• summer holidays – my Mum and Dad worked hard so they could take us abroad in the caravan, we’d spend the time exploring local places, on the beach building special sandcastles, having bbqs, playing board games and sitting up late with my Dad looking at the stars and chatting about everything
  • playing Sylvanian Families, watching Disney films, collecting badges, loud music, listening to Dad play the guitar and to him reading me stories, my Mum baking fairy cakes and making Christmas pudding, trying desperately to teach me how to knit and crochet, and my obsession with new stationary, especially new coloured pencils and clean pretty new notebooks.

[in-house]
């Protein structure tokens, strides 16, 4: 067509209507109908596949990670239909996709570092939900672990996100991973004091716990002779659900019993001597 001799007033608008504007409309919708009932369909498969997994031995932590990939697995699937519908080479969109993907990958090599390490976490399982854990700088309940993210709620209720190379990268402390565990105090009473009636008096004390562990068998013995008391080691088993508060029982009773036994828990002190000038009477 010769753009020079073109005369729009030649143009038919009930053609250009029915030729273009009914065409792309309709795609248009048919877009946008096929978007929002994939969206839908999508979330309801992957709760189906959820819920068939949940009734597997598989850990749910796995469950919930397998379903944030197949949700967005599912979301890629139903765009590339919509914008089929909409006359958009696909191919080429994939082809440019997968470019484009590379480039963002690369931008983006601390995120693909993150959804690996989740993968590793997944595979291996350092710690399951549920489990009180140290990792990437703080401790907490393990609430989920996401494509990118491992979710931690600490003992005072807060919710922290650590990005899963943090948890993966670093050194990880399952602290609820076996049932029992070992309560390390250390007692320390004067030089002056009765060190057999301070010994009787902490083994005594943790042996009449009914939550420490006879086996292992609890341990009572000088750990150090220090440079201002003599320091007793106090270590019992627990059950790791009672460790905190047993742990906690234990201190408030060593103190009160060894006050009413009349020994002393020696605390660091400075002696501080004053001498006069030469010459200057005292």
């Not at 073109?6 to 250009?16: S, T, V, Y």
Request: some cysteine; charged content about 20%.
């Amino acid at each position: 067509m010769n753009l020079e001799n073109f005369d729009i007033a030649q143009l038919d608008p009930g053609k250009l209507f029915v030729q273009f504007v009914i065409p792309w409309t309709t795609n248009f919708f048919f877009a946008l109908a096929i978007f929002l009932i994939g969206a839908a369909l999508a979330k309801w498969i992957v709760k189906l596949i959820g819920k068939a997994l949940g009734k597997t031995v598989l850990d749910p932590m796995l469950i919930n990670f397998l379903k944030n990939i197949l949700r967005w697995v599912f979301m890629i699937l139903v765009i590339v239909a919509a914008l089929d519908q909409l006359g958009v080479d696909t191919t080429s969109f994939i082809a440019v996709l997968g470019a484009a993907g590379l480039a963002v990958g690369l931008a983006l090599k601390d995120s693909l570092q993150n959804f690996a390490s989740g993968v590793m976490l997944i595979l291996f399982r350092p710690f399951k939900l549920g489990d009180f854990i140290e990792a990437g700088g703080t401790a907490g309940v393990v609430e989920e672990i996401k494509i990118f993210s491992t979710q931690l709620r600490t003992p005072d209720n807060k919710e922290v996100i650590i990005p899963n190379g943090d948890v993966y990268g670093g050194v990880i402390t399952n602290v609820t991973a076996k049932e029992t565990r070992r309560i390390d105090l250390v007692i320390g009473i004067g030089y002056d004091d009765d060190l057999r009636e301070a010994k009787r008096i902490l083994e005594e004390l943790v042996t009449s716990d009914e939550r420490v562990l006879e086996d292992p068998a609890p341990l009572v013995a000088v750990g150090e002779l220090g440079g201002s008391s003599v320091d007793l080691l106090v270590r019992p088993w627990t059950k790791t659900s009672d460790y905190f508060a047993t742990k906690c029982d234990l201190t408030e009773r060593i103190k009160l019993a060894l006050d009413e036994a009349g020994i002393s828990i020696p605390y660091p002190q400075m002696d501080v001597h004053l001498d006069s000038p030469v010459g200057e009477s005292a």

I thought there would be a lot on my list that I would look at and think “Oh, all that isn’t in my life any more, and missing it is stopping me from being the real me, and bringing it back in some form will fix everything.”  Actually, I look at my list, and realise that most of it is in my life, even evolved or changed slightly.   I run a small cupcake business cause I love baking, I bake and decorate my children’s birthday cakes and throw traditional birthday parties at home.  I am more enthusiastic at Christmas than my children I think, and it drives my husband up the wall.  I still read fantasy novels and it is my ultimate dream to be a published fantasy writer.  i went travelling as a student, and hope to take the children when they are a bit older and money is more abundant!  I’m still happy to watch Disney films, and love the opportunity to sing along to loud music in the car when I’m driving alone, and I have a serious notebook addiction!